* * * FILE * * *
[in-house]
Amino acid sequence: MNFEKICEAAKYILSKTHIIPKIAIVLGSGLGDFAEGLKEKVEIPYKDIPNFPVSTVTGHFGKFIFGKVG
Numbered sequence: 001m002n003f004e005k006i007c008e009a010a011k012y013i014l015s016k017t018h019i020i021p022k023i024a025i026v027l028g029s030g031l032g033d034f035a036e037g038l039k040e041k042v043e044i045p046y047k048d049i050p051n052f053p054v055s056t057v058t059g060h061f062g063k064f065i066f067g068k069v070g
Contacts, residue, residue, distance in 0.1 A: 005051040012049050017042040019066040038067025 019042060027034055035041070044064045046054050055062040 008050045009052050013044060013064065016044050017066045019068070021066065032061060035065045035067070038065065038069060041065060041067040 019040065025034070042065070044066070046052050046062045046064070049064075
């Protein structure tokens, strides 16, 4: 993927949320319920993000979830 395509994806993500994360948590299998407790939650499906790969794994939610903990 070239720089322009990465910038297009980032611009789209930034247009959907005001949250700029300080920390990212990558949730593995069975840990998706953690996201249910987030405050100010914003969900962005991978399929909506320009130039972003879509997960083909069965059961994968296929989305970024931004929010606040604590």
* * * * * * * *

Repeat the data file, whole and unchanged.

[in-house]
Amino acid sequence: MNFEKICEAAKYILSKTHIIPKIAIVLGSGLGDFAEGLKEKVEIPYKDIPNFPVSTVTGHFGKFIFGKVG
Numbered sequence: 001m002n003f004e005k006i007c008e009a010a011k012y013i014l015s016k017t018h019i020i021p022k023i024a025i026v027l028g029s030g031l032g033d034f035a036e037g038l039k040e041k042v043e044i045p046y047k048d049i050p051n052f053p054v055s056t057v058t059g060h061f062g063k064f065i066f067g068k069v070g
Contacts, residue, residue, distance in 0.1 A: 005051040012049050017042040019066040038067025 019042060027034055035041070044064045046054050055062040 008050045009052050013044060013064065016044050017066045019068070021066065032061060035065045035067070038065065038069060041065060041067040 019040065025034070042065070044066070046052050046062045046064070049064075
């Protein structure tokens, strides 16, 4: 993927949320319920993000979830 395509994806993500994360948590299998407790939650499906790969794994939610903990 070239720089322009990465910038297009980032611009789209930034247009959907005001949250700029300080920390990212990558949730593995069975840990998706953690996201249910987030405050100010914003969900962005991978399929909506320009130039972003879509997960083909069965059961994968296929989305970024931004929010606040604590």